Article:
GA2016 ­ XIX Generative Art Conference Figure 1 An outdoor environment within a city This is a very simplified, meta-version of a natural environment, but it serves as a starting point for the development of the Sound, Shadow and Light system. Current examples of designed therapeutic environments in care facilities Here we will look at two examples of therapeutic environments created for aged care facilities. These are examples of VR environments designed for aged care facilities, but the systems use are potentially translatable to other indoor environments. Reminiscence Rooms Reminiscence rooms provide an environment where aged care residents are reminded of past times relevant to the residents, with the intention that this will be beneficial for the resident and the carer. This approach has been in action through the example of a Rempod [2]. A commercial and portable version of the concept is seen in Figure 1.There are a variety of responses regarding the benefits of this approach as therapy and in generally ameliorating aged care [3-9]. Page 366
GA2016 ­ XIX Generative Art Conference Figure 2 Rempod example Snoezelen rooms The Snoezelen multi-sensory room concept was originally developed in the Netherlands by therapists Jan Hulsegge and Ad Verheul at the DeHartenburg Institute in the 1970s for therapeutic application in cases of intellectual disabilities, such as autism. A multi-faceted Snoezelen Center at Whittington Hall in North Derbyshire, England, was the first to adopt such an environment in 1987 and became a pioneer in multi-sensory therapy research. A Snoezelen room integrates a wide array of equipment that consists of auditory, visual, scent, and tactile stimulation that aims to stimulate a patient's senses through controlled stimuli, such as fiber optic tactile tubes, in a calm, comforting environment. There is increasing literature on multisensory therapy and as the uptake of Snoezelen has expanded rapidly over a decade in residential care, hospital and school settings [10-12]. Page 367
GA2016 ­ XIX Generative Art Conference Figure 3 Snoezelen example [13] Figure 4 Immersive environment example [14] Testing outcomes in aged care Kjellgre and Burkhall [15] compared responses to a the woods in Karlstad Nature Park with a slideshow of 97 photographs in a quiet, dimly lit room. Outcomes for both Snoezelen and Reminiscence environments "appear to have some short-term beneficial effect on mood and behaviour, with considerable variation between individual subjects [or] any significant differences between the interventions in terms of impact on subjects' behavior" [16]. Modern Australian aged care facilities will cater towards dementia specialisation in staff training and secure areas for these residents. Interior design of dementia specialist environments frequently comprises murals or visual 'dummies' of community/outdoor environments in the interior spaces, replicating a sense of natural interaction, freedom of movement and familiarity. These facilities often include secure outdoor garden areas that are safe for wandering residents to access- however, it can be difficult to supervise and Page 368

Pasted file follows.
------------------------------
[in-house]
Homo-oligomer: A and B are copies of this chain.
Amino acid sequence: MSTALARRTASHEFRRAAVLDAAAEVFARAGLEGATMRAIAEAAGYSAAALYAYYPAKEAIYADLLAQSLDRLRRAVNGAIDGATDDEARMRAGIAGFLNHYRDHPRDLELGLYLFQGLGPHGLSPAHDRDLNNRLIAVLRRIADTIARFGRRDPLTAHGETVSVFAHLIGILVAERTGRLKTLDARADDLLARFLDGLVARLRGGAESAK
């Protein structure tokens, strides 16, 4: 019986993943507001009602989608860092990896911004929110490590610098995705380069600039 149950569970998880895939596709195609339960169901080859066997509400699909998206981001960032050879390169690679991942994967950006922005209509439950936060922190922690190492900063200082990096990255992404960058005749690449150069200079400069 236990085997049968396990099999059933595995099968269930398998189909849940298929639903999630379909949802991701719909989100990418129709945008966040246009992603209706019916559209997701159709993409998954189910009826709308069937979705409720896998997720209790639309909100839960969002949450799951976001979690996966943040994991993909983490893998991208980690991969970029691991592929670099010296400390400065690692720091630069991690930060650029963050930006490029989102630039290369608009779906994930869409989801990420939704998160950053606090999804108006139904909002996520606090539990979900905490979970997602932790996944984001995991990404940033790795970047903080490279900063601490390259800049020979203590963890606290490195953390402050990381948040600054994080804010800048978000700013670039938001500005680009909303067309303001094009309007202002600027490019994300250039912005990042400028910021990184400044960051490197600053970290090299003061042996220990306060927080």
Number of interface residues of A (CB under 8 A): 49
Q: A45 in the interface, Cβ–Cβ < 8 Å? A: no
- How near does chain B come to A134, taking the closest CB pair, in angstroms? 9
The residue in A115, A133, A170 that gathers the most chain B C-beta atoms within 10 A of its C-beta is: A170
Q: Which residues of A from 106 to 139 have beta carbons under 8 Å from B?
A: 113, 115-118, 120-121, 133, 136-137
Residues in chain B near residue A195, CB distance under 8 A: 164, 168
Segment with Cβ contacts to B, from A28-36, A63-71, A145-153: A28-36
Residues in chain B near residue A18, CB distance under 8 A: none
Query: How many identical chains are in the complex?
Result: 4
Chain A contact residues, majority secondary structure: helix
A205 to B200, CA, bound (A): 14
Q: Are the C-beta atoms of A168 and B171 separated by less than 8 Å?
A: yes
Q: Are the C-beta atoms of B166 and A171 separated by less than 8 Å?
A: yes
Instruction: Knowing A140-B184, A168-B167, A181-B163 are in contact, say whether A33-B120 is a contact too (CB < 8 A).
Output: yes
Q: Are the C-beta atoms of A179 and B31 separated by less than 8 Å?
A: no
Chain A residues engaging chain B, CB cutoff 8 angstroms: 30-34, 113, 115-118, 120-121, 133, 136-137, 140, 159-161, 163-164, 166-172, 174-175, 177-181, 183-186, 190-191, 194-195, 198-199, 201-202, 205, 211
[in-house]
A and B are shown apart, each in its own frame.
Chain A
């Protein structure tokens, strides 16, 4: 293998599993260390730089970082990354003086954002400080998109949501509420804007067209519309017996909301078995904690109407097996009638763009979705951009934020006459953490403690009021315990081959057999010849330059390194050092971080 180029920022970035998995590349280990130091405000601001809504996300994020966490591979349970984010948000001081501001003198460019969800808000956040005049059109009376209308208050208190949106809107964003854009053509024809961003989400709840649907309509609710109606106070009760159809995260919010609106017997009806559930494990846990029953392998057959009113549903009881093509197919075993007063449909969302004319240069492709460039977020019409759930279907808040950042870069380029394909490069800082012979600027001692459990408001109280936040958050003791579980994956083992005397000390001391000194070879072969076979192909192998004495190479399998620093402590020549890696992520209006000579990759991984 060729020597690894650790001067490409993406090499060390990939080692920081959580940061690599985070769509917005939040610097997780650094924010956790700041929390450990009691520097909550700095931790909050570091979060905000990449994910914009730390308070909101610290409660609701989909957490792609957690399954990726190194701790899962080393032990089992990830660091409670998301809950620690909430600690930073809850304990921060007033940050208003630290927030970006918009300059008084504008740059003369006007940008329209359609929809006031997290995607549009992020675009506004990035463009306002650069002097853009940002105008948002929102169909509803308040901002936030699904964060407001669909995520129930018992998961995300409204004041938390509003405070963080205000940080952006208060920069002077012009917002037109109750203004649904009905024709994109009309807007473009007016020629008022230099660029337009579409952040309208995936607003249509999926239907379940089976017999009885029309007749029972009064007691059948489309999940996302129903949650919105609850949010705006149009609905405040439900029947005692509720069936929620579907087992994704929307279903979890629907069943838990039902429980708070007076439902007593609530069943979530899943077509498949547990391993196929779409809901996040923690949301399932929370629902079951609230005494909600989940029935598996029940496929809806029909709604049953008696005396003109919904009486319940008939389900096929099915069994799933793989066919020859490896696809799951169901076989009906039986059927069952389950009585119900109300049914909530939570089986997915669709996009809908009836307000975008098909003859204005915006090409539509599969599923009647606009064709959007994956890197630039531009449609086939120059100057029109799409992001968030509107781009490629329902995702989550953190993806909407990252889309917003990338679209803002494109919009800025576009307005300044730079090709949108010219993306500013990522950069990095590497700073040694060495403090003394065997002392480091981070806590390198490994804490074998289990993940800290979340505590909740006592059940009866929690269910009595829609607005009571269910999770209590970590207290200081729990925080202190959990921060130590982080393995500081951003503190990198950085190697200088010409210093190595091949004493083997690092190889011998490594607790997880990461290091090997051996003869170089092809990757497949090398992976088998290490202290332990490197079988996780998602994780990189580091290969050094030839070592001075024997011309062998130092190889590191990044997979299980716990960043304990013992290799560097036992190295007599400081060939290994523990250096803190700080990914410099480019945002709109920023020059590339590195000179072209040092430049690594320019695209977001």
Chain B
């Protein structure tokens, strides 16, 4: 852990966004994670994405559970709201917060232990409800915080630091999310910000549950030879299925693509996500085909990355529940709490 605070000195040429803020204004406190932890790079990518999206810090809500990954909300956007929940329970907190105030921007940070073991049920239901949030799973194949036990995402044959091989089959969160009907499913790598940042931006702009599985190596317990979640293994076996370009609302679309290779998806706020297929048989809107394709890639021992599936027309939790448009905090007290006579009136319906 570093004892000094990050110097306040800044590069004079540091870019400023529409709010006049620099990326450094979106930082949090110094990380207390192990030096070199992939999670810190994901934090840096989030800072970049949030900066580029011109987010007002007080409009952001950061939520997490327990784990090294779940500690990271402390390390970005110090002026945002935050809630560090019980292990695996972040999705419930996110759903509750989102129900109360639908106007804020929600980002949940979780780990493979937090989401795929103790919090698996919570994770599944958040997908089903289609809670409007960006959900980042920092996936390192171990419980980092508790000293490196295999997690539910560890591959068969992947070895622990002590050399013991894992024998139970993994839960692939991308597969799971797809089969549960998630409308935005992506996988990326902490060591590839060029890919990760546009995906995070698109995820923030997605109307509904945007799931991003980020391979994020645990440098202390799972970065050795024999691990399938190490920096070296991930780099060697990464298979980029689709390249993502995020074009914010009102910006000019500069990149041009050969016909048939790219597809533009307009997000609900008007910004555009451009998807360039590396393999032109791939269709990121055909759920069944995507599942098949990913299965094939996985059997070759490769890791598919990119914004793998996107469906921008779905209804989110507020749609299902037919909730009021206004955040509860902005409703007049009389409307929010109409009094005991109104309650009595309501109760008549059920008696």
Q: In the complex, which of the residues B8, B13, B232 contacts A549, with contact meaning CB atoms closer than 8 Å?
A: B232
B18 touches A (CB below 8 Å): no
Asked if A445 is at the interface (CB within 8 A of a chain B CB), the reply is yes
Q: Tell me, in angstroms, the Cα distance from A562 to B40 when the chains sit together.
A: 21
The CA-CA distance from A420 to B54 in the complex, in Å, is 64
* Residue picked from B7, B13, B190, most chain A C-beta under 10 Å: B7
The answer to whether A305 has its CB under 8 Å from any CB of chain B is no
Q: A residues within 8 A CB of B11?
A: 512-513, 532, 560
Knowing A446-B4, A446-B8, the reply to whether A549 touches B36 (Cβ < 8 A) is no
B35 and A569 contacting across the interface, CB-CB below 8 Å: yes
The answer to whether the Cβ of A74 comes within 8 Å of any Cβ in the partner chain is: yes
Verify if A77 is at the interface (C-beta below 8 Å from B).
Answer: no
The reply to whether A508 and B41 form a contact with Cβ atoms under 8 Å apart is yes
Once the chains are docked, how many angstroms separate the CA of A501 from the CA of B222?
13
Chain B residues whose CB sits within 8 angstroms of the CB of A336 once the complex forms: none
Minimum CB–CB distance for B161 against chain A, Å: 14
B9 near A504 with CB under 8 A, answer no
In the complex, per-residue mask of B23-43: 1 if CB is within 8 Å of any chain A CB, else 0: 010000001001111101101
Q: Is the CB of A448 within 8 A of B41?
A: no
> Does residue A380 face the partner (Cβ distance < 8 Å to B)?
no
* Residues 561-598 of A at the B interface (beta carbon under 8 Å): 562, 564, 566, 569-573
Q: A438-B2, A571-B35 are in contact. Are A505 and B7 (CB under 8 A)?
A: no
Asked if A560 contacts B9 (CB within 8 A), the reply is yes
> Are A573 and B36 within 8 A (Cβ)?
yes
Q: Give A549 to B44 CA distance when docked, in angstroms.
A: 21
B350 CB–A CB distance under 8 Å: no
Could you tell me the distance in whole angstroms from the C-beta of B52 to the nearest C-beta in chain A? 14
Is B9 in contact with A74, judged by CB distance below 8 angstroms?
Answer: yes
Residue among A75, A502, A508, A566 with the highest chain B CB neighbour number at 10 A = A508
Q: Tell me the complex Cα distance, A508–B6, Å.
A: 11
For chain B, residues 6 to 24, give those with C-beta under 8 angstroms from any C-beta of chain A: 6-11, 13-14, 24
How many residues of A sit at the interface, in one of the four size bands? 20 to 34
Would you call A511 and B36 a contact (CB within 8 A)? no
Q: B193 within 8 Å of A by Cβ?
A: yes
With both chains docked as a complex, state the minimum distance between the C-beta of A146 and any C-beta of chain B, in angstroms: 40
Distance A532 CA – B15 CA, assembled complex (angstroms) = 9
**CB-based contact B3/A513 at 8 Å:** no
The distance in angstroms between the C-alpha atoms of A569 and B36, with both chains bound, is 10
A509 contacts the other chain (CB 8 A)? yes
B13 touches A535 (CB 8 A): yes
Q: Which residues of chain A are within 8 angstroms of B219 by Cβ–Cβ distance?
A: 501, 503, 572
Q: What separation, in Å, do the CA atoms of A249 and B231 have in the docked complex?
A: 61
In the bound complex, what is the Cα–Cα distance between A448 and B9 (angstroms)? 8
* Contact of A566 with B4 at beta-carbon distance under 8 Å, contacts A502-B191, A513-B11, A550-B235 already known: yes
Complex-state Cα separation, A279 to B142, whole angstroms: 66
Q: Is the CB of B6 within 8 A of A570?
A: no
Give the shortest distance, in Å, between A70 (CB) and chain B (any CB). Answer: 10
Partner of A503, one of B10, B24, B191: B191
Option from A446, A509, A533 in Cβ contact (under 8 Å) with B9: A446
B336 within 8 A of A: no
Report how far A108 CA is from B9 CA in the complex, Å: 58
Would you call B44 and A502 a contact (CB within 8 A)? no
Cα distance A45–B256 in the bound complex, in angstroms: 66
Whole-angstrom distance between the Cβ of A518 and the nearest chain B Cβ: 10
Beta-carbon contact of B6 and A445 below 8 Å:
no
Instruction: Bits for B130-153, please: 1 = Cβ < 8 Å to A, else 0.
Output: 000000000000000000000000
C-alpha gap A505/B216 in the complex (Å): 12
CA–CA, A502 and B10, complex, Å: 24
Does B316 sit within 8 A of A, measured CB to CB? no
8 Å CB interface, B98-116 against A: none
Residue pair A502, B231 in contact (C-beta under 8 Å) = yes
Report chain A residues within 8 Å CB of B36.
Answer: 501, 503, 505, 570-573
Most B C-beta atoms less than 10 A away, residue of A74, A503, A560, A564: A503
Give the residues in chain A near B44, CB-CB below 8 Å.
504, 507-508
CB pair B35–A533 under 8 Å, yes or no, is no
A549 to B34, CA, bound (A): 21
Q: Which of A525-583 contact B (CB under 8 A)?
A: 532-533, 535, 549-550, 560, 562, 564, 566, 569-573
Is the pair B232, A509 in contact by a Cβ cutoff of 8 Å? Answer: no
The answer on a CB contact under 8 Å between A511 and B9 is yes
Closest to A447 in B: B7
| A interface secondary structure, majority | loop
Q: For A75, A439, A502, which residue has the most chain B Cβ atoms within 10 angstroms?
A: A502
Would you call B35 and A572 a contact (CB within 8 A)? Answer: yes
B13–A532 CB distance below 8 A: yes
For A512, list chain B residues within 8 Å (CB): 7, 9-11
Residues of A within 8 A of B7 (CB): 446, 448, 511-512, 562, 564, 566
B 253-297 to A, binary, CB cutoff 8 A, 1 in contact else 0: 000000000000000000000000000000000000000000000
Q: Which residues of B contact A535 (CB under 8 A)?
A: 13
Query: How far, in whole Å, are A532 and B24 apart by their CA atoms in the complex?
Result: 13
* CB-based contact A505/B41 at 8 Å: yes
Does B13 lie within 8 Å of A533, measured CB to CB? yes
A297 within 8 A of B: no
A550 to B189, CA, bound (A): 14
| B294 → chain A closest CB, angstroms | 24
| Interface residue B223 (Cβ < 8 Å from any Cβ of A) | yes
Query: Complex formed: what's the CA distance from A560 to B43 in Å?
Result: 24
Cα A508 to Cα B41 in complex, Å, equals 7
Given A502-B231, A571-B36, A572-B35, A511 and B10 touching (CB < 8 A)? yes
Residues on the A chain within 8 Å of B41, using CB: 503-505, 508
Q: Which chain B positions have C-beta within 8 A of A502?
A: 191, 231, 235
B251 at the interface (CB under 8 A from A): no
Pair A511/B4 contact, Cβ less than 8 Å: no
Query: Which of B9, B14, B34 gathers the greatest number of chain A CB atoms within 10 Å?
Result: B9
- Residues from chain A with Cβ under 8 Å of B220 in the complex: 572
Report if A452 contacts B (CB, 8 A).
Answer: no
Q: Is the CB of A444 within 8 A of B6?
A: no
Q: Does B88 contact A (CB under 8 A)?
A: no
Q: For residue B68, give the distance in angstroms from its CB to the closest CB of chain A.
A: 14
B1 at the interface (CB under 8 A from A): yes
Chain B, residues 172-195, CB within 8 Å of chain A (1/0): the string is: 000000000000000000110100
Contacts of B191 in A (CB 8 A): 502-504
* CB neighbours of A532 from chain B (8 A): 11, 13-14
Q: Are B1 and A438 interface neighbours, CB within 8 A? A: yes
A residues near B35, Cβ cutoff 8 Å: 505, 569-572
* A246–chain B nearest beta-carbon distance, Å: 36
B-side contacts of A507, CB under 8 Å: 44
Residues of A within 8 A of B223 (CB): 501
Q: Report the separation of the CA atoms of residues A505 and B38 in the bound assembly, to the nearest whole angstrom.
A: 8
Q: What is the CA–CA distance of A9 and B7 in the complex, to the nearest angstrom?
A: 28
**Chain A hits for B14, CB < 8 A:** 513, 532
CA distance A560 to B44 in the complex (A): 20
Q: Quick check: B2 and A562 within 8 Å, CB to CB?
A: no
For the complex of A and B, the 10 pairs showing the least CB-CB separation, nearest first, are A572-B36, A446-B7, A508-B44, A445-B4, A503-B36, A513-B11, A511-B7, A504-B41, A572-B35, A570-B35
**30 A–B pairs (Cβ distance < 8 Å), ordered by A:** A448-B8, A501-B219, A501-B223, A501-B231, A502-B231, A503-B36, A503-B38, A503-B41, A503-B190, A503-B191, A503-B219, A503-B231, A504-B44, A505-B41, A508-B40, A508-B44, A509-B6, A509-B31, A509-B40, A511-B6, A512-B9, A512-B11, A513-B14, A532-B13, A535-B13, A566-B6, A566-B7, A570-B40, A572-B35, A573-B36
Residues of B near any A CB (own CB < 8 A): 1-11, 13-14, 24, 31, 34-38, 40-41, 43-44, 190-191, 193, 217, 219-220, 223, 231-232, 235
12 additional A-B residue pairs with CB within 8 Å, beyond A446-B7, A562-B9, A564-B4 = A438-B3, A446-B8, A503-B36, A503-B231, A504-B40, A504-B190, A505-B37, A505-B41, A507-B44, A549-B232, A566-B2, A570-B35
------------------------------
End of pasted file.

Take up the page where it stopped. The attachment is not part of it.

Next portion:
GA2016 ­ XIX Generative Art Conference monitor at-risk residents over an expansive facility with limited staff. The VR augmented environment has the potential to increase observation and safety of residents whilst offering an analogous experience. The 'natural environment' can arguably be extended beyond a reading of the outdoors only. A natural environment may also include reminiscence of previous activities of daily life, prior to the person's entry into aged care. A detailed, upscale exemplar of this concept is the Hogeweyk Village in the Netherlands. This gated community has been designed as a totally immersive, familiar environment specifically catering to the care needs of dementia- affected residents [17] VR and Health Outcomes The use of VR in healthcare contexts has been wide-ranging in potential applications across a number of outcomes, for example, enabling physical activity and engagement in older individuals and for rehabilitation in clinical studies [18-23]. In some studies, VR is seen to offer a safe environment within which to carry on different interventions in various health settings, e.g. ranging from the rehabilitation of discharged patients in their home to the support of oncological patients in a hospital ward [20, 24, 25]. VR studies have also been associated in addressing the support and/or improvement of cognitive and emotional well-being in these scenarios, including loneliness and quality of life [26-29]. Simulation of natural environments has particular resonance in these studies [24, 30]. The linking of natural settings to the promotion of health and well-being and the use of VR to provide an understanding of the various mechanisms involved are increasing areas of research investigation [24-26, 30]. Where real nature experiences, for instance, have been found to reduce stress, improve attention and cognitive functions [31-34], there are potential correlations with simulated virtual environments of nature [24, 30, 35]. VR allows for the possibility of disassembling some of the stimuli or cues we receive from being in nature, such as birdsong or gardens, and for those, for instance, unable to readily experience natural settings, an improved understanding of various cues could allow us to provide access to simulations of the natural world [24, 30-32, 35]. Snoezelen room interventions have also been associated with comparable studies [36-38] Similar to a placebo effect there can be certain expectations that we hold about such an intervention [39], so by being aware of nature experiences these might be preparing our mind to react a certain way when we visit a park or garden [24, 26, 31, 33]. In VR, the concept of presence has garnered some attention in the literature[40-42]. As with sites in the physical natural world, VR and virtual environments provide spaces for `social interaction and identity exploration' [41]. Presence may be seen in association with the emotional impact of specific cues in VR, but also may appear to depend on the comparability of a virtual environment to a real life situation. According to Diemer [42] the `depth' of a VR experience in terms of presence and emotion is more strongly influenced by factors separate from the technological quality of a VR or virtual environment system. Of particular relevance to this study is the use of VR interventions as ones that can be used to induce different emotions [24, 30-32, 35]. Layous and Lyubomirsky [43] investigate the importance of considering the baseline status of the participants' well-being before implementing positive interventions. Within this context, VR has the capability to fall within a type of positive intervention that can allow the individual to capitalize on positive experiences, such as positive reminiscence and a positive sense of place [24, 26, 35, 41, 44, 45]. Problems with current approaches to Virtual/Augmented Reality and Immersive environments. The general cost of a projected or attached 'immersive environment', is expensive. Figure 4 above shows a large wall space with an image of an outdoor scene, the cost of creating such an image is potentially quite large, depending on the kind of technology is used. Non- Page 369